"Jean Benner (1836-1906) - Flowers"Jean BENNER (1836, Mulhouse - 1906, Paris)
42 x 37 cm
Signed with the stamp of the workshop below towards the center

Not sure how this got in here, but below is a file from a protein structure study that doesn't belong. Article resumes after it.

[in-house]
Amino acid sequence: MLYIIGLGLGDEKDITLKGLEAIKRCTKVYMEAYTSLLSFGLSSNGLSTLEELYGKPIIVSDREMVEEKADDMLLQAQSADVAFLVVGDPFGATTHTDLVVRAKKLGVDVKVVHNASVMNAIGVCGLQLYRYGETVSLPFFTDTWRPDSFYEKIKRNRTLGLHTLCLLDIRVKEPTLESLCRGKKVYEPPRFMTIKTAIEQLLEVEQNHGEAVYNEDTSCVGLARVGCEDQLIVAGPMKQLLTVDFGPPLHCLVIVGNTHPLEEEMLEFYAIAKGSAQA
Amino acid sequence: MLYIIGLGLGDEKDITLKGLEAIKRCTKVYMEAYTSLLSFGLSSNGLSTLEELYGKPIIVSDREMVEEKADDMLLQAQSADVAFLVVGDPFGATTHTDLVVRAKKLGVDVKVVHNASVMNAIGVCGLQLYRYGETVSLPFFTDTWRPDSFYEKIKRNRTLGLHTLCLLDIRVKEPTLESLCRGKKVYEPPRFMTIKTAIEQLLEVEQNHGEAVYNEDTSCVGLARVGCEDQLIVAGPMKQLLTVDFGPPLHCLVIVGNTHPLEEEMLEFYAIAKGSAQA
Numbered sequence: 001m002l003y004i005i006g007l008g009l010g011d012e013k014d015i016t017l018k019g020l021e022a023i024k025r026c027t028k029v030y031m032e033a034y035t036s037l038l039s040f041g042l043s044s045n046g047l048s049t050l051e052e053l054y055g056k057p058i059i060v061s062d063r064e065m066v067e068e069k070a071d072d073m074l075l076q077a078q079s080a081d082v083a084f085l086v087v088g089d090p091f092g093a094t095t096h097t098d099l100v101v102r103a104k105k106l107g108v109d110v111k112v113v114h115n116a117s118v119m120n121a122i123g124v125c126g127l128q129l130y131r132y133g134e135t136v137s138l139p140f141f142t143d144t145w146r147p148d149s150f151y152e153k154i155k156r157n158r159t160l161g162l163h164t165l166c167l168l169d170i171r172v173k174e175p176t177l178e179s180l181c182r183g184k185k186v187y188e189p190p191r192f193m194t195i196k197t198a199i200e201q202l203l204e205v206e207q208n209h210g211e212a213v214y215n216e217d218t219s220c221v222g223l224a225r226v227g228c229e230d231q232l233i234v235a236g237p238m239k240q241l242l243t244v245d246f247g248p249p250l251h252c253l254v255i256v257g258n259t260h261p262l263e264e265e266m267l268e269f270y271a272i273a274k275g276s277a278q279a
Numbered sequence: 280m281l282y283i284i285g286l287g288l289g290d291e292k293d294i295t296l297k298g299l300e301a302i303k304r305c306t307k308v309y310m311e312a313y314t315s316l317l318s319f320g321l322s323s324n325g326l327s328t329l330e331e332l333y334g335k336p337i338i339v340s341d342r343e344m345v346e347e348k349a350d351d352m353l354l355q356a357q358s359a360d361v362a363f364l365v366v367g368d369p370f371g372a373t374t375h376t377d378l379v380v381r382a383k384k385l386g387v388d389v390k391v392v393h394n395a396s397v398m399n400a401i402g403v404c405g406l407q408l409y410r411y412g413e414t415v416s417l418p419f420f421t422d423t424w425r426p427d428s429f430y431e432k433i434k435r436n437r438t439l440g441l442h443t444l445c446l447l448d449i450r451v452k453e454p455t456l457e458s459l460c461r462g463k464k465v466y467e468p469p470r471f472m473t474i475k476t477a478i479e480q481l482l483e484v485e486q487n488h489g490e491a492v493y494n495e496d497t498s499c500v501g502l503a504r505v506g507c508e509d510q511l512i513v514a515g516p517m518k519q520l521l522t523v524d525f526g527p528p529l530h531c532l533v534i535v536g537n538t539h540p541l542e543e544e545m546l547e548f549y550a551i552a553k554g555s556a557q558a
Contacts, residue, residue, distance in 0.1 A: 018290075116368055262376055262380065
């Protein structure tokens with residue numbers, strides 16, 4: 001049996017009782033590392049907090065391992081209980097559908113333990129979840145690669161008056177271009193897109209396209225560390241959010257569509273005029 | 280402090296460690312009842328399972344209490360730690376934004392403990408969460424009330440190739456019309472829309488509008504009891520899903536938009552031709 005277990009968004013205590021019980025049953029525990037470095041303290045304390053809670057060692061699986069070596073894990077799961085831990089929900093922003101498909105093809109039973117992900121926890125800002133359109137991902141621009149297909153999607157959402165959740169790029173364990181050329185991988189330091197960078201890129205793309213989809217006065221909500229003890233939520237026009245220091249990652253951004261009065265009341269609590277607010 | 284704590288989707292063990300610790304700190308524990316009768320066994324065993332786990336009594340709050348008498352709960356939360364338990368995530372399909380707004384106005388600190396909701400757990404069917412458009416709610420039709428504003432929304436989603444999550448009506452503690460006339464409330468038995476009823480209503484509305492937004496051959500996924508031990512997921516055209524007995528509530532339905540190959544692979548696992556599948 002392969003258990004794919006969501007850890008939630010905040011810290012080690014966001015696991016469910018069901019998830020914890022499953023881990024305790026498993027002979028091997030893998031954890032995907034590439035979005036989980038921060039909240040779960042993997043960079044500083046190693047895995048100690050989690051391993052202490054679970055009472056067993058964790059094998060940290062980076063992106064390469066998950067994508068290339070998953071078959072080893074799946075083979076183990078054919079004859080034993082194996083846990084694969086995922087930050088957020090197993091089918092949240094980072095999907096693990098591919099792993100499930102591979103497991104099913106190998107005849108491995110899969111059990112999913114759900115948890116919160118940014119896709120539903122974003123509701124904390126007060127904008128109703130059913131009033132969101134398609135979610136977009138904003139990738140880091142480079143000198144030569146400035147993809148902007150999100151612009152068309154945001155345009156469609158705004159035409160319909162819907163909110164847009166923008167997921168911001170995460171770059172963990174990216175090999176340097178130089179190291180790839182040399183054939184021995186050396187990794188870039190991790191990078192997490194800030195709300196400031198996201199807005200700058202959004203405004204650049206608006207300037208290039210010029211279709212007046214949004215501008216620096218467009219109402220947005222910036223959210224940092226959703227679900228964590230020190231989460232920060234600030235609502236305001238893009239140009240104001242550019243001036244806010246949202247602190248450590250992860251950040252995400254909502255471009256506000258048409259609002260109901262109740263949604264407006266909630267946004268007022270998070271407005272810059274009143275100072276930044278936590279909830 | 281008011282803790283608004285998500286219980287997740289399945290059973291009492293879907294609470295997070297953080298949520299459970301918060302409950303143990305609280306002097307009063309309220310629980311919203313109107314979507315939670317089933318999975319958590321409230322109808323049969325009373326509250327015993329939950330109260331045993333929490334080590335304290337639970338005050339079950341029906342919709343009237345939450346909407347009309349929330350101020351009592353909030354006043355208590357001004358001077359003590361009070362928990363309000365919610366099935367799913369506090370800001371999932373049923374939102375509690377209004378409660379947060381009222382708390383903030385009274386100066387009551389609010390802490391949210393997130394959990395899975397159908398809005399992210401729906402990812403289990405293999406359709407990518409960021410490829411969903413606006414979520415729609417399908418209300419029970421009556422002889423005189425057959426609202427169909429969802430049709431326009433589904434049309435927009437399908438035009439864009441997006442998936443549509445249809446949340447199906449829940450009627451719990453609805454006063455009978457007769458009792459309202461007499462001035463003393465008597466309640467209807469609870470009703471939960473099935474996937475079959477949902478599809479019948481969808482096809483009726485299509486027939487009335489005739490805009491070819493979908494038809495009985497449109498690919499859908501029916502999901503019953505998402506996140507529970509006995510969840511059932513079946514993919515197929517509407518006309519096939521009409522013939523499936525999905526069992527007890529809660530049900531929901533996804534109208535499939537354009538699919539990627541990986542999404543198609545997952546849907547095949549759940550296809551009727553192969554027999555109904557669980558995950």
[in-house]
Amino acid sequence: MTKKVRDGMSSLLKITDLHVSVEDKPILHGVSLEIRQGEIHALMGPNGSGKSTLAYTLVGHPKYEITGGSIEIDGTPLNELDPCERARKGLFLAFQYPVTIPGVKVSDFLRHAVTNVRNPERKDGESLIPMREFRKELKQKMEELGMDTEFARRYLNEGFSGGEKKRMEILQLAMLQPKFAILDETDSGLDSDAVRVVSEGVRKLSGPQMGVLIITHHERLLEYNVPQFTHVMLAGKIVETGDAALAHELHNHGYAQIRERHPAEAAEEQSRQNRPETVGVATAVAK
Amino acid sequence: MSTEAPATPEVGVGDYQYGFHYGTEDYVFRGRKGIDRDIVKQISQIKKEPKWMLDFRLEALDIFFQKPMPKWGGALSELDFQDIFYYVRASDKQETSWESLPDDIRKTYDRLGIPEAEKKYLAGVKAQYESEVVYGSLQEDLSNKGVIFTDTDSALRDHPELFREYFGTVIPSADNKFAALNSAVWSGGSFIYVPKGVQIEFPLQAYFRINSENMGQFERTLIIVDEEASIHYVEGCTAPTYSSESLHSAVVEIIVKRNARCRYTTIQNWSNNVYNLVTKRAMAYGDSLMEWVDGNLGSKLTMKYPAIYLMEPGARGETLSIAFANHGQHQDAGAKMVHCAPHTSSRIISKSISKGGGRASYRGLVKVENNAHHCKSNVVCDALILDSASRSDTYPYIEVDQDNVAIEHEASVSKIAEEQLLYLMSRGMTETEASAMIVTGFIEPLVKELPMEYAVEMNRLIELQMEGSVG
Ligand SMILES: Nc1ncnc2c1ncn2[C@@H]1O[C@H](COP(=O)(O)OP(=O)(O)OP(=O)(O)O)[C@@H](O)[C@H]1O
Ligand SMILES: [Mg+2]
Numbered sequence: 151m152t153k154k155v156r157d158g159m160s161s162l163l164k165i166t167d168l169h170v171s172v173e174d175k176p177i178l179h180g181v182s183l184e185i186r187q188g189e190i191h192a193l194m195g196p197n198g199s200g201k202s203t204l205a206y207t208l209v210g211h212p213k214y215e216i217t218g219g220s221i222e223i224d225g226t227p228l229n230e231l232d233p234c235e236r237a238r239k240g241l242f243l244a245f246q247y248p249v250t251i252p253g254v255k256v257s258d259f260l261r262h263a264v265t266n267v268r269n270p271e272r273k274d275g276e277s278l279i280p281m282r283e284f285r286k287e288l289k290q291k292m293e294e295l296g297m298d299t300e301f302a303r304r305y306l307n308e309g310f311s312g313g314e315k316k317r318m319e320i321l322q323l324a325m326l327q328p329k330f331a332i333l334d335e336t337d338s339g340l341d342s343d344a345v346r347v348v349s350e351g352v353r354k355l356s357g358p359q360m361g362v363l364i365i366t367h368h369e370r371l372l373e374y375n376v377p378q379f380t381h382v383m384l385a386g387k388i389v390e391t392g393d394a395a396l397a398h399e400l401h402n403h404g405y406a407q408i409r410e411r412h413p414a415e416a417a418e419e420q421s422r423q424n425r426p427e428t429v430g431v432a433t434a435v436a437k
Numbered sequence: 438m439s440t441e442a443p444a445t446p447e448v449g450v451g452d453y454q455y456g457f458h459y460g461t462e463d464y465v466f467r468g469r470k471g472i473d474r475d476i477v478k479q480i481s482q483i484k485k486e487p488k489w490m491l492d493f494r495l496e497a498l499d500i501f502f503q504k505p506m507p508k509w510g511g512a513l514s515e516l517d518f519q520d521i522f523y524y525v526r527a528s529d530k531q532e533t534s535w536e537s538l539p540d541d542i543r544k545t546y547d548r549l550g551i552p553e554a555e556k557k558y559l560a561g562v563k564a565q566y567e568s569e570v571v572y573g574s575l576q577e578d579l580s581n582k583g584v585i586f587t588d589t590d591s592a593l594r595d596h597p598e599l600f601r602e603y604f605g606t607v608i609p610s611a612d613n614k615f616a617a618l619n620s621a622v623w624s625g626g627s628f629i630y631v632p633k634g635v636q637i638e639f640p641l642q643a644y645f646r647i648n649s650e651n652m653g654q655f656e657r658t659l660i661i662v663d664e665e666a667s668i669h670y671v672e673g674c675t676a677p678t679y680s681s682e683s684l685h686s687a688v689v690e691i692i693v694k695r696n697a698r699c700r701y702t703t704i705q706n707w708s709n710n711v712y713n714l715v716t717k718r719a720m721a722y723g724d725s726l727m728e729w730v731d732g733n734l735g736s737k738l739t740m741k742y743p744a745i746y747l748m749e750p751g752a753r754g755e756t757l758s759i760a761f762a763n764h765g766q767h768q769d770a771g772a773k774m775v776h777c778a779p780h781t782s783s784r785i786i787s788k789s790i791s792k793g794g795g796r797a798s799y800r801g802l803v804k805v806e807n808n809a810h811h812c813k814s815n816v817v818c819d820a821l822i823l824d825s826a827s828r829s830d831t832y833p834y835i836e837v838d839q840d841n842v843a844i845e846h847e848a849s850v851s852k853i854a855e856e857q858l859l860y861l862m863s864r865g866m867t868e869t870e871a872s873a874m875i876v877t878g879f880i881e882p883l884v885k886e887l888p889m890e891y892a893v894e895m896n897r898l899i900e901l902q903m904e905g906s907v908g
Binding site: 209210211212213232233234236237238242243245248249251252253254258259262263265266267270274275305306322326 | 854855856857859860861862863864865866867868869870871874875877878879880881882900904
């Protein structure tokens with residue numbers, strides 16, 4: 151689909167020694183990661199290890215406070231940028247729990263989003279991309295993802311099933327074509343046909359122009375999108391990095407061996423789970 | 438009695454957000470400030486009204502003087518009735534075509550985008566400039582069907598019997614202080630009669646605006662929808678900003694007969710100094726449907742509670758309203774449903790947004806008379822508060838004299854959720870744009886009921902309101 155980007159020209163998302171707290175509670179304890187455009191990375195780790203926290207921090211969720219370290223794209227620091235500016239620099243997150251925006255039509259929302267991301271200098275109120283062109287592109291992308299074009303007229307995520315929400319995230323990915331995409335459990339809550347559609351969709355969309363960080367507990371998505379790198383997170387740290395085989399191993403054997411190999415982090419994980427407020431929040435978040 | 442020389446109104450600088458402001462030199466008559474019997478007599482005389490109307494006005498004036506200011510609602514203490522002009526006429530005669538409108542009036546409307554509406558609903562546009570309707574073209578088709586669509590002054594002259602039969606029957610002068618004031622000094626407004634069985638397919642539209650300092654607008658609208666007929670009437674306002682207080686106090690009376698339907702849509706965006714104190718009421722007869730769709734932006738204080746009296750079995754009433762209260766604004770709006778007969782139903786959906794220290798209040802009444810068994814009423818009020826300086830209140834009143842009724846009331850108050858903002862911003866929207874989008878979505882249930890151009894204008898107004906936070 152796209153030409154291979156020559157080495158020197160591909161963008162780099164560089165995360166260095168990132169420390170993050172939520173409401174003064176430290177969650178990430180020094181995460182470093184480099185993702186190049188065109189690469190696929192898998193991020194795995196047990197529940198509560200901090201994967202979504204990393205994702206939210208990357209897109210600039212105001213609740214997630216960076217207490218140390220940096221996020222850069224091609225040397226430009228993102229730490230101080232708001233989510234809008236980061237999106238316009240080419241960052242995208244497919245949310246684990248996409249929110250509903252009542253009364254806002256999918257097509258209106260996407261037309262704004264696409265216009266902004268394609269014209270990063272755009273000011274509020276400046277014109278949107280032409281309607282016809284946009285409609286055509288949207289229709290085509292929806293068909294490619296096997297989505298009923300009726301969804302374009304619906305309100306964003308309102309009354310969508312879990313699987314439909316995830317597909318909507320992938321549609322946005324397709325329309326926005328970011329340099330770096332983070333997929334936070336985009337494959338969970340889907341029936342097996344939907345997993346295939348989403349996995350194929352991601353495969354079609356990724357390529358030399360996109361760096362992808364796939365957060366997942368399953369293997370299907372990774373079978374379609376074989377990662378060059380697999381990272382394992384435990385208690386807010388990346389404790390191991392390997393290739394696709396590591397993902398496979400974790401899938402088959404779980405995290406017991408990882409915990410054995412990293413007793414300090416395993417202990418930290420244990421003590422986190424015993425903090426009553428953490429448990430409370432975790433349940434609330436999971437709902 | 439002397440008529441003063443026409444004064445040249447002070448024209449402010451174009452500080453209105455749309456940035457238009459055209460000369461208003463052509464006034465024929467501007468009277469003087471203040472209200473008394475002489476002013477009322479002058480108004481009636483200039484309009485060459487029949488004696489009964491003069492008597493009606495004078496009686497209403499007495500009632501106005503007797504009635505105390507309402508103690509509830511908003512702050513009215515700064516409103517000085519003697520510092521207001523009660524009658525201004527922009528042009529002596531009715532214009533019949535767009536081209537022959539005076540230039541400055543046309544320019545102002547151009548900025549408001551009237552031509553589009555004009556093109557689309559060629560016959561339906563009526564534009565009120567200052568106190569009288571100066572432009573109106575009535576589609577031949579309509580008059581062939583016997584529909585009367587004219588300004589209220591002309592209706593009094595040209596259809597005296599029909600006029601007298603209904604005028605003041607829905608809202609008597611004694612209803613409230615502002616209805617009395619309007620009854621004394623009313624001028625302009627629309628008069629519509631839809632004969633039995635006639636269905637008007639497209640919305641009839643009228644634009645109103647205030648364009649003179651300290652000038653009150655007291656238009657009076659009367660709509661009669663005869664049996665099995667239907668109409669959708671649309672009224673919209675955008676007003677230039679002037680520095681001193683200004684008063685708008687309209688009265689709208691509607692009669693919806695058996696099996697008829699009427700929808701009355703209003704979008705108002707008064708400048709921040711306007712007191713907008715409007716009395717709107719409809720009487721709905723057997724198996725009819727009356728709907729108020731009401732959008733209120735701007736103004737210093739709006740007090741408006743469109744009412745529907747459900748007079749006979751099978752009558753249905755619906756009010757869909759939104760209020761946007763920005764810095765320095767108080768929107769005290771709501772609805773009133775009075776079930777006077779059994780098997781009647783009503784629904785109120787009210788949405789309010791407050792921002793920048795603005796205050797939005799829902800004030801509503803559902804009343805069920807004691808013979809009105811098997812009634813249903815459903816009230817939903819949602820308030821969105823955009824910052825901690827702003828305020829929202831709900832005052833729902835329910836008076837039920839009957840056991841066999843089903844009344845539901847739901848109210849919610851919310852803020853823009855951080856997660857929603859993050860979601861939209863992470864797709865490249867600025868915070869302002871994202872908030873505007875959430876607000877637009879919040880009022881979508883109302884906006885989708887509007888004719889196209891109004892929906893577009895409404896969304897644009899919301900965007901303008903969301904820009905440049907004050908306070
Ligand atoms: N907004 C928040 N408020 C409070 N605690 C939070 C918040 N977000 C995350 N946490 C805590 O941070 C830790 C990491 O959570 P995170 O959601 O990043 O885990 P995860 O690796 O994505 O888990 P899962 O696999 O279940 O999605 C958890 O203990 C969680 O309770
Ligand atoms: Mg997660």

With his twin brother Emmanuel, Jean Benner comes from a family of artists specializing in painting flowers. They discovered Paris in 1844 with their parents; on the death of the latter, they must ensure their existence by working for the textile industry in Mulhouse (industrial design workshop in Grosrenaud) and by training in the evening, first at Jean Eck in Mulhouse. Jean Benner returned to Paris and attended the Swiss Academy, then became a student of Pils in Fine Arts, and started at the Salon in 1859. He would also benefit from the advice of his compatriot Jean-Jacques Henner (in the 1870s), from Léon Bonnat and de Hamon. Thanks to the help of generous friends, he was able to discover Italy in 1866: Venice, Florence, Rome, Naples and especially Capri; he meets his wife there, and the island then provides him with the main theme of his paintings (landscapes, portraits, local scenes). In 1883, Benner began to “make” flowers, notably at the Salon de Mulhouse where he exhibited two gouaches (Anemones, Narcissuses and daffodils), while continuing to produce Capriote portraits and subjects. Rewarded by the Legion of Honor in 1894, Benner died of pneumonia, barely returned from a last trip to Capri. At the Salon of 1879, the Illustrated Universe wrote: “We recommend the Benners to you; because it will soon be necessary to say the Benners as they say the Carraches ", while on the occasion of the 1885 edition, we found the following criticism in the newspaper La Petite presse:" If you like flowers, stop in front of Les Pavots by M. Jean Benner; they will seduce you, I am sure, because they are treated with an incredible address and because they are painted with that width of touch which is characteristic of great artists ”.